“Long ago, I worked in a psychiatric hospital. We worked rotations and usually did six months in one ward. One day someone didn’t show up to work, so they took me out of my usual rotation and put me in the most dangerous ward in the hospital.

The outside of this place was surrounded by a 10-foot fence with razor wire at the top. It was one of the only locked wards. These were long-term patients, most of whom suffered from severe psychosis. Most of them were also criminals.

The other nurses in this section were all very big, strong males. I was a small, young woman, but for some reason, I was told to go outside to supervise the patients.

I was sitting next to a rather large female patient, and decided to politely ask why she was in the ward. That was a mistake.

She told me she had killed a cop. I tried not to overreact or show fear, but, well, that was difficult.

The she said she also enjoyed strangling cats, and followed that up with: ‘just like I am going to strangle you.’ Then she wrapped her hands around my throat, trying to choke me.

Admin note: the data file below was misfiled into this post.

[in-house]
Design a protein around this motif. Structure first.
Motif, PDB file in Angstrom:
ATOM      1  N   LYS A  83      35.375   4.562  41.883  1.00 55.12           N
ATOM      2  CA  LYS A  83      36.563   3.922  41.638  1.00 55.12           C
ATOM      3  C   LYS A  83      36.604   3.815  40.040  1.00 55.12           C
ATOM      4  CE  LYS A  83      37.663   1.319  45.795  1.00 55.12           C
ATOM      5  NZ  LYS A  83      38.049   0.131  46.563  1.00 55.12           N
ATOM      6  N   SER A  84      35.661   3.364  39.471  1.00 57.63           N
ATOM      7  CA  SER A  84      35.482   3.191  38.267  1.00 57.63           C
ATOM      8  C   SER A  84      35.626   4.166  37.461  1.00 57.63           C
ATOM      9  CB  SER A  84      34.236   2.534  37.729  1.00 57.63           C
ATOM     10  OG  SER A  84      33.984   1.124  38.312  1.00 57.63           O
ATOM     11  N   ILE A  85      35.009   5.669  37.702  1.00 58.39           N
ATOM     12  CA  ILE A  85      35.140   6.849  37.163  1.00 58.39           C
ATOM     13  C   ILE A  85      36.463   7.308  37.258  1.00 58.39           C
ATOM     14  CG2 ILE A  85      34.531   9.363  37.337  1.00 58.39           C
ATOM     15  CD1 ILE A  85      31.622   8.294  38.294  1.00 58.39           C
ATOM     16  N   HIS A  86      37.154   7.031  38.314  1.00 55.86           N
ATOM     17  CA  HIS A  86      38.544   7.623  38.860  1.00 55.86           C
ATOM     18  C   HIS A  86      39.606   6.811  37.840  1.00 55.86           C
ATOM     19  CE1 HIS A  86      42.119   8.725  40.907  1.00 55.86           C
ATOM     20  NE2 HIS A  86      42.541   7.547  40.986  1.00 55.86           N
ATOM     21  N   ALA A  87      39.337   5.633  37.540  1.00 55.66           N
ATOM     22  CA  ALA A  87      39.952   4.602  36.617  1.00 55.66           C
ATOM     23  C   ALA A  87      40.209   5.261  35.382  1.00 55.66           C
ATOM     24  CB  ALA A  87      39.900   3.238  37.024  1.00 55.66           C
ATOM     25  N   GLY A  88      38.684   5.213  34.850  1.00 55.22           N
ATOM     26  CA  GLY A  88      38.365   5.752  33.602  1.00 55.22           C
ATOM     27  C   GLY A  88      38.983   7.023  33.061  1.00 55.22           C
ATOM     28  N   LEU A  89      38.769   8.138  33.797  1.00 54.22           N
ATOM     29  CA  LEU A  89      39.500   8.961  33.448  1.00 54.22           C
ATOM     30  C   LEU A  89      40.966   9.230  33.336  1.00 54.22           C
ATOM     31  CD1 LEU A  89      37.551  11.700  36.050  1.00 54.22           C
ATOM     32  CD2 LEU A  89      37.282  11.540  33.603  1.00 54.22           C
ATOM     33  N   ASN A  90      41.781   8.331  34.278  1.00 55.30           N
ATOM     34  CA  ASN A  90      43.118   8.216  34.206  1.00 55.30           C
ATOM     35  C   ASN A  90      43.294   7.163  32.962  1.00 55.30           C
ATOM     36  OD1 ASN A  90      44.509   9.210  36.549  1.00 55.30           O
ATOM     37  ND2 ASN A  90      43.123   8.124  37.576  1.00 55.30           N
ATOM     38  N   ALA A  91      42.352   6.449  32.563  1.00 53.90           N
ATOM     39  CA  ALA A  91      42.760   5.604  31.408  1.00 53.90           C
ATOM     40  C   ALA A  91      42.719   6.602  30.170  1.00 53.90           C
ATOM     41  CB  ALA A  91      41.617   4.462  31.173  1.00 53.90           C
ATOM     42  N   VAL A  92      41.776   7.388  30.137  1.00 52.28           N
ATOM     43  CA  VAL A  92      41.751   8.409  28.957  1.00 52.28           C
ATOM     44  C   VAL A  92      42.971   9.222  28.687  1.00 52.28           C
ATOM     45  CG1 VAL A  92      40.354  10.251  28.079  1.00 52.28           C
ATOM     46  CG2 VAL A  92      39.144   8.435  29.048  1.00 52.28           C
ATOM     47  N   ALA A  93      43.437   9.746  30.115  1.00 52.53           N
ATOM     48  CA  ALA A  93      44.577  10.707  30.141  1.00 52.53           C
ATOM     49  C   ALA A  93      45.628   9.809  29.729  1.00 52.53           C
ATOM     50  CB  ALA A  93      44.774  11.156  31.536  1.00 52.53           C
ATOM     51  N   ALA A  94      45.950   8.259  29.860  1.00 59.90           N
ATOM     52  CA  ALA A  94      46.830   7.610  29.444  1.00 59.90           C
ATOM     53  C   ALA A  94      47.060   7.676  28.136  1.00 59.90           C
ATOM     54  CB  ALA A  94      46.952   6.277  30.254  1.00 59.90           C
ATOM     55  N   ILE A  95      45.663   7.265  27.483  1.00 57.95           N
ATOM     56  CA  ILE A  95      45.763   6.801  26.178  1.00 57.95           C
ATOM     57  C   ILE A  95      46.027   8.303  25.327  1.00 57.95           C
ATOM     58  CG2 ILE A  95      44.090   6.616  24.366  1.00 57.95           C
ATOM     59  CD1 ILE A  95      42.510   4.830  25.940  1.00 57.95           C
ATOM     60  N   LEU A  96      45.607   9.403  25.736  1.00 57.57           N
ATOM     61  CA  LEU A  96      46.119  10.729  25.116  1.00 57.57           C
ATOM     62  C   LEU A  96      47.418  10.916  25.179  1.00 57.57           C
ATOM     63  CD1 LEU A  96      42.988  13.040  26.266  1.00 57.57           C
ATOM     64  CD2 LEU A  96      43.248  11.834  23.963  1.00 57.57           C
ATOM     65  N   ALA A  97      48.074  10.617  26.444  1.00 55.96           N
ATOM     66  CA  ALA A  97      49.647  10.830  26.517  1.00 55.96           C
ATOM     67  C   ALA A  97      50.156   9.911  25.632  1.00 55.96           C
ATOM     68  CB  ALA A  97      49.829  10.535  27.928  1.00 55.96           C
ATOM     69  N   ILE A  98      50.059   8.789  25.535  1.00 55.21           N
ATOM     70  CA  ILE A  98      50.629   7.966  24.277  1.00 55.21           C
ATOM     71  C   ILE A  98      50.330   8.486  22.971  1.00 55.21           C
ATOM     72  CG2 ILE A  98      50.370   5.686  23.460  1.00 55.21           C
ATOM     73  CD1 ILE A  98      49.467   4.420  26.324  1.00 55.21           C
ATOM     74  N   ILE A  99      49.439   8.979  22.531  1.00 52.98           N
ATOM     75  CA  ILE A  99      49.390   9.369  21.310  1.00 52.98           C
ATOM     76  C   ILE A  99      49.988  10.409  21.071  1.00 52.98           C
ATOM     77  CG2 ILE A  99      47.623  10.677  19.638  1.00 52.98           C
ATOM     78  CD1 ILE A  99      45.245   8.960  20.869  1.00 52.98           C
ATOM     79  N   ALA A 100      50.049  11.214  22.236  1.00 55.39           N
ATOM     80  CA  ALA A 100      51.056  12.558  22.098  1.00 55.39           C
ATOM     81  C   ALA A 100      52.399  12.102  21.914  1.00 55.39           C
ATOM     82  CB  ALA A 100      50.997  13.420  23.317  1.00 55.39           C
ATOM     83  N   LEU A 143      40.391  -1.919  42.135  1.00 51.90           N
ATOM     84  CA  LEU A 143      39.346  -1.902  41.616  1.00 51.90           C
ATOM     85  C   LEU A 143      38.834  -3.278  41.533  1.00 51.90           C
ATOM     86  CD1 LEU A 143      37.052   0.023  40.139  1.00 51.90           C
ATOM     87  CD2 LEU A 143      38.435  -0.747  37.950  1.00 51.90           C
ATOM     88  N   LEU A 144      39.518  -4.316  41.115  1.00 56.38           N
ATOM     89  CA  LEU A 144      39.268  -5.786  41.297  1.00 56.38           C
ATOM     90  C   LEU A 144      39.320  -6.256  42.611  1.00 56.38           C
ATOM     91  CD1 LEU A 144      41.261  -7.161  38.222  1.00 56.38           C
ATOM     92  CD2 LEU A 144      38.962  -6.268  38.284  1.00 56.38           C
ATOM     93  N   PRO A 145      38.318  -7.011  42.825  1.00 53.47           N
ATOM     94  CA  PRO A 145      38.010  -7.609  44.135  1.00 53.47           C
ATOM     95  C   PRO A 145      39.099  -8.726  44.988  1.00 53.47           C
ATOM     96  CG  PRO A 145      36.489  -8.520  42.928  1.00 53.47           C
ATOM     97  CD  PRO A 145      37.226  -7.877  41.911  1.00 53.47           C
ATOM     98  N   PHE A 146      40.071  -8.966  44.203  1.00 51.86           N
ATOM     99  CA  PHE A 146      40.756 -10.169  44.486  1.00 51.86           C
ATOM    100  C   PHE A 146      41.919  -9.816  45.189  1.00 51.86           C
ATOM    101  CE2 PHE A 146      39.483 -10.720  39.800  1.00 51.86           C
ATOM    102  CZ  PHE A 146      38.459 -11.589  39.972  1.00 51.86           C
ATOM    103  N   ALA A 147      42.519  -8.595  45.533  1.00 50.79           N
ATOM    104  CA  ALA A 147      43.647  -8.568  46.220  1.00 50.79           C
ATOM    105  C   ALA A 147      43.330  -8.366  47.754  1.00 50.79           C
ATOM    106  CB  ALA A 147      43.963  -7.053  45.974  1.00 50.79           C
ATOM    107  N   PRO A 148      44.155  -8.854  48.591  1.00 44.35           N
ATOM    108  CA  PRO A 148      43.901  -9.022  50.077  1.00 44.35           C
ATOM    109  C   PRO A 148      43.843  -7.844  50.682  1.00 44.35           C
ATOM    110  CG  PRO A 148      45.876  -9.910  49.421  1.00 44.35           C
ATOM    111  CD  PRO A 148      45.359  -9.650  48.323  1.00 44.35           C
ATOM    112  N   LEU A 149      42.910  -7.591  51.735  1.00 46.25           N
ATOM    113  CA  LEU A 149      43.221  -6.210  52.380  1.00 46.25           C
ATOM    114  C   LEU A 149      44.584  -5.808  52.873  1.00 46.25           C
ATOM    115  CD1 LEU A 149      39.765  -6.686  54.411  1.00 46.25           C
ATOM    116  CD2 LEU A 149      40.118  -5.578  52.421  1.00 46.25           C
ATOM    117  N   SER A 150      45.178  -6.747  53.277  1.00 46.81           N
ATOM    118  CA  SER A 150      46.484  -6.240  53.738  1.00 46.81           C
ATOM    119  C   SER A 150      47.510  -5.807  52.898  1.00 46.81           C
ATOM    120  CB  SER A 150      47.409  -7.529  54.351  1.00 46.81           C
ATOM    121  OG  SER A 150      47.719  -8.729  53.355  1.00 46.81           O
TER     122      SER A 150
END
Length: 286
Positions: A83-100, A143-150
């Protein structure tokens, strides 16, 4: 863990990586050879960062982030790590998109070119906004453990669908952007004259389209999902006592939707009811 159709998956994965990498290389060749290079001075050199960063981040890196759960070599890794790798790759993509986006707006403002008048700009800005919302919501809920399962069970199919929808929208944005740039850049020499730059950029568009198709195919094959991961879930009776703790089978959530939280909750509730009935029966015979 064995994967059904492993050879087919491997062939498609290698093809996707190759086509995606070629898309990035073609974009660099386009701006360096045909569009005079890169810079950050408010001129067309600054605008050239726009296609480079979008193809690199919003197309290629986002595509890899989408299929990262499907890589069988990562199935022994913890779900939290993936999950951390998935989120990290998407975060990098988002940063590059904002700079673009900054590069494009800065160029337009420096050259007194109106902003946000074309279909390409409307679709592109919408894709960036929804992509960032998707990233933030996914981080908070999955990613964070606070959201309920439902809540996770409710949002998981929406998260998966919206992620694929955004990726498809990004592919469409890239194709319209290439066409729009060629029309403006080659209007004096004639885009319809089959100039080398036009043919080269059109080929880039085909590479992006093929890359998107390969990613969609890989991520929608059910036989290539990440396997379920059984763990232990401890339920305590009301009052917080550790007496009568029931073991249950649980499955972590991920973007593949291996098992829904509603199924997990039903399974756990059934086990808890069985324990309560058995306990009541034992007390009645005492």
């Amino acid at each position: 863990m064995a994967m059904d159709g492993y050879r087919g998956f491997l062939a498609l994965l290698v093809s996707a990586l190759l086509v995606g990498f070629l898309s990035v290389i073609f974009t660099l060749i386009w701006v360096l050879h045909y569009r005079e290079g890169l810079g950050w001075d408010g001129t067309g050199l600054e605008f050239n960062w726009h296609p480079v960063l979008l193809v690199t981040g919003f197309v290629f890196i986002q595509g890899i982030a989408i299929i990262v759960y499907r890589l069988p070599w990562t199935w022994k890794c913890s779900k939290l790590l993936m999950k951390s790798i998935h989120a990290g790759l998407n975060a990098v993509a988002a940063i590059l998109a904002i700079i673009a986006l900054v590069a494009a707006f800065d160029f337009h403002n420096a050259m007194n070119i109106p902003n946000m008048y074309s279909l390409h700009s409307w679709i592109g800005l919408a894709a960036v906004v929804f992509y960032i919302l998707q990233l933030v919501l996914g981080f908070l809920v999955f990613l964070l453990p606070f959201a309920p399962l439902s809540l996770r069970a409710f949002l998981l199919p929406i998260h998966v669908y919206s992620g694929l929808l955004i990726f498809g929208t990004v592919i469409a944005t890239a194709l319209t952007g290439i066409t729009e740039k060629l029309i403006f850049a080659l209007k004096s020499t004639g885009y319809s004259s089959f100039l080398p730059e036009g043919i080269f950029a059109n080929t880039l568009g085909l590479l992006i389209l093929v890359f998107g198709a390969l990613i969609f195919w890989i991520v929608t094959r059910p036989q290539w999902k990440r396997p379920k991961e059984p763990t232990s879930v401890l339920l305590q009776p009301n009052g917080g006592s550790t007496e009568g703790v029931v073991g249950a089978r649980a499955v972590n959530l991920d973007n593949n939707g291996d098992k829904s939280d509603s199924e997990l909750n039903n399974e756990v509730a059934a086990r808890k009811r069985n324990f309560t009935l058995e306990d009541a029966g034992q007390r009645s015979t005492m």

Luckily, there were two of the big male nurses who rushed out and saved me from strangulation. They must have known her history of violence and been watching me.”

#5. “Just…wait for him to talk”

“This was decades ago, during my internship in the Psychology department of a state mental hospital. I treated only one patient who really scared me. Let’s call him Hannibal. Not only was Hannibal on a locked ward, he was locked in his room! This was quite unusual.

This was Hannibal’s 42nd hospitalization. He suffered from severe Bipolar Disorder and enjoyed hitting people when he lost his temper. He was here because he had punched his 18-year-old daughter in the stomach during an argument. I was asked to meet with him to determine whether he was a good candidate for individual therapy.